Jesus in the Jewish Tradition

Extracts from

Did Jesus Live 100 B.C.?

by G.R.S. Mead
(1903; Kessinger reprint, no date)

1) The Talmud was compiled between 100 and 500 AD, and consists of a generally older deposit called the Mishna and of additional strata known as the Gemara or 'completion'.
2) In the following extracts from Mead's book, some footnotes have been incorporated in the main text between square brackets and some have been omitted.

The Talmud 100 B.C. story of Jesus (pp. 137-48)

    Let us, then, first of all turn to what, from the chronological point of view, is the most extraordinary passage, a passage found not once but twice in the Babylonian Gemara ["Sanhedrin," 107b, and, in almost identical words, "Sota," 47a].
    "The Rabbis have taught: The left should always be repelled, and the right, on the other hand, drawn nearer. But one should not do it . . . as R. Joshua ben Perachiah, who thrust Jeschu with both hands. What was the matter with regard to R. Joshua ben Perachiah? When King Jannai directed the destruction of the Rabbis, R. Joshua ben Perachiah and Jeschu went to Alexandria. When security returned, Rabi Simeon ben Shetach sent him a letter to this effect: 'From me, Jerusalem the holy city, to thee, Alexandria in Egypt, my sister. My spouse tarries in thee, and I dwell desolate.' Thereupon Joshua arose and came; and a certain inn was in the way, in which they treated him with great respect. Then spake Joshua: 'How fair is this inn (akhsanga)!' Jeschu saith to him: 'But, Rabbi, she (akhsanga = a hostess) has little narrow eyes.' Joshua replied: 'Thou godless fellow, dost thou occupy thyself with such things?' directed that 400 horns should be brought, and put him under strict excommunication. Jeschu ofttimes came and said to him, 'Take me back.' Joshua did not trouble himself about him. One day, just as Joshua was reading [? reciting] the Shema [The words: "Hear, O Israel," etc., Deut. vi. 4 ff], Jeschu came to him, hoping that he would take him back. Joshua made a sign to him with his hand. Then Jeschu thought that he had altogether repulsed him, and went away, and set up a brickbat and worshipped it. Joshua said to him: 'Be converted!' Jeschu saith: 'Thus have I been taught by thee: From him than sinneth and maketh the people to sin, is taken away the possibility of repentance.' And the Teacher [i.e., he who is everywhere mentioned by this title in the Talmud] has said: 'Jeschu had practised sorcery and had corrupted and misled Israel.' " [This formal charge is also found in "Sanhedrin," 43a.]
    This formal passage, if taken by itself, would of course fully confirm the hypothesis of the 100 years B.C. date of Jesus. The arguments for and against the authenticity of its statements embrace, therefore, practically the whole substance of our investigation. Let us first of all consider the face value of these statements.
    Jannai or Jannaeus (John), who also bore the Greek name Alexander, was one of the famous Maccabaean line of kings, the son of John Hyrcanus I., and reigned over the Jews 104-78 B.C.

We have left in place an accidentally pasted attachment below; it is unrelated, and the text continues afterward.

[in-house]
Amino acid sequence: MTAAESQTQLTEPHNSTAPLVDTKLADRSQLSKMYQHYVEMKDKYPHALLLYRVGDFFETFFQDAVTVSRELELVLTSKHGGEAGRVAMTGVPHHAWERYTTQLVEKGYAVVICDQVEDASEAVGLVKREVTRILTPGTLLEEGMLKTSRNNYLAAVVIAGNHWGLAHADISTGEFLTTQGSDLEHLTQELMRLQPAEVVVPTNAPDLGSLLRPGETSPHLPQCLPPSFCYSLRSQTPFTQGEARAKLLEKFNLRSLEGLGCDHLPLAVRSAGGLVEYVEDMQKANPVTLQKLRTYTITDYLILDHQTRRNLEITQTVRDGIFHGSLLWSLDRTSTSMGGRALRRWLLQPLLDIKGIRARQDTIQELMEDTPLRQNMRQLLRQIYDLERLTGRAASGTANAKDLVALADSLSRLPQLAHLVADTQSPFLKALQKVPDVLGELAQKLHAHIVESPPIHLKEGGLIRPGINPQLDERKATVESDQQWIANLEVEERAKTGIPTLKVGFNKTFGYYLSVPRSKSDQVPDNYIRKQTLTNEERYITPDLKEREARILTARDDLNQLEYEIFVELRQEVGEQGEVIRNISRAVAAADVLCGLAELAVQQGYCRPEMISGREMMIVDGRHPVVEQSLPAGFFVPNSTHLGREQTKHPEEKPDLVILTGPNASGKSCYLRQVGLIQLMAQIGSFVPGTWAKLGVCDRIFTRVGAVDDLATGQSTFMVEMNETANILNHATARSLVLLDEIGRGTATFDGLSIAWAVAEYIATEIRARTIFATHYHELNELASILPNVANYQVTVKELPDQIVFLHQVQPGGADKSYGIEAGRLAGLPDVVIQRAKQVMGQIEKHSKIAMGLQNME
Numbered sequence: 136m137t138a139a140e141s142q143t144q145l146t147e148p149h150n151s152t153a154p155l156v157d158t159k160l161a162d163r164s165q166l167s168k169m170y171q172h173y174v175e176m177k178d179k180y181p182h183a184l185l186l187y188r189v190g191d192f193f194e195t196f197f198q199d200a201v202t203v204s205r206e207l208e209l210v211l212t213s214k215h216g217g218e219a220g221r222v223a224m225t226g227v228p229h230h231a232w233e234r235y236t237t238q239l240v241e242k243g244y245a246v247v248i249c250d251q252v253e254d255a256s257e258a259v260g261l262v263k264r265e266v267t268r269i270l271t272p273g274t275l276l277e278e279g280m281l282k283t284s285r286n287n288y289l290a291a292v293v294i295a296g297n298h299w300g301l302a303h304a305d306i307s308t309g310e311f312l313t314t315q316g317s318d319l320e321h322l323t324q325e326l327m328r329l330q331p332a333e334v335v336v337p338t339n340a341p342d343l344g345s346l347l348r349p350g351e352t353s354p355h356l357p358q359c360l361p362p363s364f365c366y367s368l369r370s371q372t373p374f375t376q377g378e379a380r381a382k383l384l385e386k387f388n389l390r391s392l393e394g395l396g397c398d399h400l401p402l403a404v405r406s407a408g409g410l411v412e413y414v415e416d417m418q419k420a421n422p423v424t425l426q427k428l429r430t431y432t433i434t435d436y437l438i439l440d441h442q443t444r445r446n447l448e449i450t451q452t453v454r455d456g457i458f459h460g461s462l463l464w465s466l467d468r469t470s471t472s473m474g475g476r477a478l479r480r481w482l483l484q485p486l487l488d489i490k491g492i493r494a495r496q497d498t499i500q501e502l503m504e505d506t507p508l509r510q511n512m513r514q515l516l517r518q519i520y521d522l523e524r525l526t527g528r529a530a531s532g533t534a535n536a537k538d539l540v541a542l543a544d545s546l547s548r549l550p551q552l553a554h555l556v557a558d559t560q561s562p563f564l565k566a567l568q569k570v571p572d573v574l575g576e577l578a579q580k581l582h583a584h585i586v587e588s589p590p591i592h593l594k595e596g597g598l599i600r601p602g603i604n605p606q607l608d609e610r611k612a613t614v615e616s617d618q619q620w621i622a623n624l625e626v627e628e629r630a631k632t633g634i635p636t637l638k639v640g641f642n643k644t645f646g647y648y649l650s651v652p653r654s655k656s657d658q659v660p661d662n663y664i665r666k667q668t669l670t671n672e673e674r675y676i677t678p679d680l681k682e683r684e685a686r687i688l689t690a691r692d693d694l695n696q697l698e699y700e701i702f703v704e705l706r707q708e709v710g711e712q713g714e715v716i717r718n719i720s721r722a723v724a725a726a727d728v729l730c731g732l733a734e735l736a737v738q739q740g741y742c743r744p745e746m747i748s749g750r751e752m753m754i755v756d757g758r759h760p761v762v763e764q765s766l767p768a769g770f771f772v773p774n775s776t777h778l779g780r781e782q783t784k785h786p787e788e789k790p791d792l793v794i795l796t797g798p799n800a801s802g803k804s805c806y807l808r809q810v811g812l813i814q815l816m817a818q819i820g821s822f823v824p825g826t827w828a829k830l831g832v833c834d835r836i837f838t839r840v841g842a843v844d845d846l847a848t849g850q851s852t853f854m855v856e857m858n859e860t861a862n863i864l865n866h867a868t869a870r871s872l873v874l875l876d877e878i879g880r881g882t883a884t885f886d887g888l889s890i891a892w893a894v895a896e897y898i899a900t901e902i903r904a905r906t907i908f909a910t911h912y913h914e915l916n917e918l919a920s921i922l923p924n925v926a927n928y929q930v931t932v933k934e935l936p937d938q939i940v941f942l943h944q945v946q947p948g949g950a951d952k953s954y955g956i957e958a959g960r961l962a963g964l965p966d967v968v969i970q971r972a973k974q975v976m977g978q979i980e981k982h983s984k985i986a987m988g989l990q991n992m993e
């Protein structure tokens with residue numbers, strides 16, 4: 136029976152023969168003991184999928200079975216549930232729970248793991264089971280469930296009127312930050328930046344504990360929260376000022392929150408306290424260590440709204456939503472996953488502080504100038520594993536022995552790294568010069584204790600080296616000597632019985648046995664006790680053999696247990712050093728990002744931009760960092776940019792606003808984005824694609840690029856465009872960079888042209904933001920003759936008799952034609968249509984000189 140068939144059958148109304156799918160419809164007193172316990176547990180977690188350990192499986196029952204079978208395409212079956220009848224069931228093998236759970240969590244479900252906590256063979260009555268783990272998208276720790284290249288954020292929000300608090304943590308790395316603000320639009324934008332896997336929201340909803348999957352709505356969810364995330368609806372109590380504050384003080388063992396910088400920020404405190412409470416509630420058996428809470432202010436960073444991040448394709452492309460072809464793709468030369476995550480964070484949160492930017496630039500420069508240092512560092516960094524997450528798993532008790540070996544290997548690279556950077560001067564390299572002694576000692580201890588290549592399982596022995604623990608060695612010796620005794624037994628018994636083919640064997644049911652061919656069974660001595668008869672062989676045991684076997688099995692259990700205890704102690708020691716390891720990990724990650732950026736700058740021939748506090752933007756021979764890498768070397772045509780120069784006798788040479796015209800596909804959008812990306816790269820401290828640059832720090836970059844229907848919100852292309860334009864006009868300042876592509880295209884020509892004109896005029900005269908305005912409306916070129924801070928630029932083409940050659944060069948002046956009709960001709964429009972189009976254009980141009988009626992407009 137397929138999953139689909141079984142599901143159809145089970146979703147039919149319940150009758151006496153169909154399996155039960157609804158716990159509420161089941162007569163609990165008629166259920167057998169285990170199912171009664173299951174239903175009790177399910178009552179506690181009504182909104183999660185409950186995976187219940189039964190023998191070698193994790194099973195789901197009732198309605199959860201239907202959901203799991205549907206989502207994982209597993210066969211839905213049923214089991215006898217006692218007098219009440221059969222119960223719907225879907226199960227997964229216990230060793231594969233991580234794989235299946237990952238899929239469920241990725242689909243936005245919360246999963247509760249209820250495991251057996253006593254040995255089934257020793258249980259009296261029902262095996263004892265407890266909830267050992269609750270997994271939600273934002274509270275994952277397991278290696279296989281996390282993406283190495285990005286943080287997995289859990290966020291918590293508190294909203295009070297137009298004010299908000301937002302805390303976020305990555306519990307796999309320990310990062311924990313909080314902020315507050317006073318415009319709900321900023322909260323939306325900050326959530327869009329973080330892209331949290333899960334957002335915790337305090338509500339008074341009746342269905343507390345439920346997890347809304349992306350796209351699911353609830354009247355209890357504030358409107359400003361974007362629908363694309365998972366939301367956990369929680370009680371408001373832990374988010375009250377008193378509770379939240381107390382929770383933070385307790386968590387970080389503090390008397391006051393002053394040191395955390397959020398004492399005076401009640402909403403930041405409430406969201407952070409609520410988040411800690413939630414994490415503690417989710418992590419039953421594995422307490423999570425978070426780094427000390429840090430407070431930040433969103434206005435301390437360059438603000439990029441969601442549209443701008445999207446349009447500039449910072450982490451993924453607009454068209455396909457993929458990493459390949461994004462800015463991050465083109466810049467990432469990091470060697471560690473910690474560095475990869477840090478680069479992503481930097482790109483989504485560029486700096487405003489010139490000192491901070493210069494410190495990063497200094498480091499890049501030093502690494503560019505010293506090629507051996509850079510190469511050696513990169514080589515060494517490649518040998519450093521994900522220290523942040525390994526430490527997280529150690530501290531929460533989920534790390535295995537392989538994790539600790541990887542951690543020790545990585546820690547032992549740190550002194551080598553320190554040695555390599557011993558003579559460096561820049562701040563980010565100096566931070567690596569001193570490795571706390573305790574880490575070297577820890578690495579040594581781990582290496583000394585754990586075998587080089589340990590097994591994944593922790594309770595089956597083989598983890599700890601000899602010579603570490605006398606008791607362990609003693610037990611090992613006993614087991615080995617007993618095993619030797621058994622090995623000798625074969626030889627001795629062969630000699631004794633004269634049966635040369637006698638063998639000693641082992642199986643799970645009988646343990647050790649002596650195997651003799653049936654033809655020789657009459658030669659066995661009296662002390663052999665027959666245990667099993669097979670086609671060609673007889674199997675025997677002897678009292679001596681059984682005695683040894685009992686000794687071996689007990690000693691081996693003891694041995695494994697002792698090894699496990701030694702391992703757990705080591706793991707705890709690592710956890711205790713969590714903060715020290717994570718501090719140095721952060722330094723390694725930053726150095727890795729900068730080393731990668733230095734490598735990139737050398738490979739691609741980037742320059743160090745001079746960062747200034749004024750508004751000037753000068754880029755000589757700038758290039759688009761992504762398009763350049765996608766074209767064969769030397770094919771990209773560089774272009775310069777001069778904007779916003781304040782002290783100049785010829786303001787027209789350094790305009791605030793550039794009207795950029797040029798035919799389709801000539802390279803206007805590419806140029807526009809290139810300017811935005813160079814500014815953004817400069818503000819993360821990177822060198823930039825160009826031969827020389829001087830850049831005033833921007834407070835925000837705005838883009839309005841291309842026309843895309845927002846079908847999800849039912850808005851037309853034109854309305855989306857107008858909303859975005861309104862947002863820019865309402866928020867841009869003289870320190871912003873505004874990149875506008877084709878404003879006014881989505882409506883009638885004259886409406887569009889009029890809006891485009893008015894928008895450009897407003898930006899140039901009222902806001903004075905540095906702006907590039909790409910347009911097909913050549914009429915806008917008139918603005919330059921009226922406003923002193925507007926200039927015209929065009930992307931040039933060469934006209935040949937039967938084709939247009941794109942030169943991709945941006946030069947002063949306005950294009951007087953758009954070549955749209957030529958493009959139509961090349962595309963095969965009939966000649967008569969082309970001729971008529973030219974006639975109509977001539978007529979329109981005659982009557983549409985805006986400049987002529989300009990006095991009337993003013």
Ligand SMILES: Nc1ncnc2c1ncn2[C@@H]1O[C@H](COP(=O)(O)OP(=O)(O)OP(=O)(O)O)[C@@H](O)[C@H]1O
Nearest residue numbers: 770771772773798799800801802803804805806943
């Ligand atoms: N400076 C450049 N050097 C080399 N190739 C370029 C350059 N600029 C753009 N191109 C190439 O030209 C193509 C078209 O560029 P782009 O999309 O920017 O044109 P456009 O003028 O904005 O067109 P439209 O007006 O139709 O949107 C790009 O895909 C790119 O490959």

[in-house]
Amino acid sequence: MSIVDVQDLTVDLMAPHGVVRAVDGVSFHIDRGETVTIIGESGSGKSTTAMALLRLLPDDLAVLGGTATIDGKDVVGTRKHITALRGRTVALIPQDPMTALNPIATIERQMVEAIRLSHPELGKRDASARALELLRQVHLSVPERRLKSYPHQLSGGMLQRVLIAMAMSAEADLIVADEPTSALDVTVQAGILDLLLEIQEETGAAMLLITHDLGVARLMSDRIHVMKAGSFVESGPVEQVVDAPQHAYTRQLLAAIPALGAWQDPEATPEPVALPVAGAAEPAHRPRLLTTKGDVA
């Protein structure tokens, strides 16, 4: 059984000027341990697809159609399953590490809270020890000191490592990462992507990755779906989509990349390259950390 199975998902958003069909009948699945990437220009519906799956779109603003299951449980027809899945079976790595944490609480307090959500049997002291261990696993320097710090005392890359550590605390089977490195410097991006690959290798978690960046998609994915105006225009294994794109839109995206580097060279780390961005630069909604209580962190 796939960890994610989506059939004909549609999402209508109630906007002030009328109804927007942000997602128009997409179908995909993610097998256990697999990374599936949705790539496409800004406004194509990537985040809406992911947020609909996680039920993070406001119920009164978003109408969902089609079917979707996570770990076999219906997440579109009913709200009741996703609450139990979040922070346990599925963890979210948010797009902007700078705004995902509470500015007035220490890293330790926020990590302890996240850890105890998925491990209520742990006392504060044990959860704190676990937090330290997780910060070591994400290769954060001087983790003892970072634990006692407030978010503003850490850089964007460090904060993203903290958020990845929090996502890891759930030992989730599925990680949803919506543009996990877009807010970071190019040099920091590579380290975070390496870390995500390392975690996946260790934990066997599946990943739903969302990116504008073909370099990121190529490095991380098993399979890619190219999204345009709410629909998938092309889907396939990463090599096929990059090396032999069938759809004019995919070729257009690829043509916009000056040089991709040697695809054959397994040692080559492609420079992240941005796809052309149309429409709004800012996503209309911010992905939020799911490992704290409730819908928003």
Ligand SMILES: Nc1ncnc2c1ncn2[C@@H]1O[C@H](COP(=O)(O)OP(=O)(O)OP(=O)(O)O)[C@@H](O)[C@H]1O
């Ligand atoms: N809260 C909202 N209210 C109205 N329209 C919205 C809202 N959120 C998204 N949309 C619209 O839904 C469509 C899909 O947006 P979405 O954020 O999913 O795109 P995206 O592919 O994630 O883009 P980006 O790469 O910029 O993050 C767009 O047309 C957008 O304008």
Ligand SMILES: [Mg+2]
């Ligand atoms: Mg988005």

Though it is now impossible from the imperfect record to ascertain the exact state of Jewish domestic affairs, or the precise causes of the fierce internal religious struggle, during the reign of this wild warrior king, the salient fact dwelt on by Josephus in both his accounts is that Jannai for the major part of his reign was engaged in a bitter feud with the Pharisaean party, whom he had deprived of all their privileges. This Pharisaean party was practically the national religious party who resented the oriental despotism of their Hasmonaean rulers, and above all detested the usurpation of the high priestly office by Jannai. The Pious and Pure could not brook the sight of "a wild warrior like Jannaeus discharging the duties of the high priest in the holy place," as Schürer puts it. Bitter internal strife intensified by religious fanaticism accordingly marked the first eighteen years of Jannai's reign. The Pharisees finally led a rebellion against the hated monarch, in which no less than 50,000 Jews are said to have fallen, and finally the leaders of the nationalist party fled to the stronghold of Bethome or Besemelis. Jannai besieged Bethome and captured it. The prisoners were taken to Jerusalem, and there no less than 800 of them are said to have been crucified to make sport before Jannai and his wives and concubines, the wives and children of the wretched Pharisees having been previously butchered before their eyes. This atrocious act is said to have struck such terror into the hearts of the unfortunate "Rabbis" of the time, that no less than 8000 of them fled, and during Jannai's life-time kept far from Judaea. This happened about 87 B.C.
    The greatest hero of those times, according to Rabbinical tradition, who still withstood the tyrant to the face and boldly berated him with the unaided weapons of Rabbinic wisdom, was Simeon ben Shetach, who is said moreover to have been the brother of Jannai's wife Salome. Many stories of his wise sayings before Jannai are handed on in the Talmud, though it must be confessed that they sound to modern ears somewhat puerile. There are some, however, who think that Simeon too had to flee, and that his withstanding of Jannai took place before the revolt.
    When Salome, however, succeeded her impious spouse, her policy with regard to the Pharisees was the direct antithesis of Jannai's cruel measures. [Schürer:] "Salome from the beginning of her reign [78-69 BC] took her stand unhesitatingly on the side of the Pharisees, lent an ear to their demands and wishes, and in particular gave legal sanction again to all the Pharisaic ordinances abolished since the time of John Hyrcanus. During these years the Pharisees were the real rulers of the land." . . .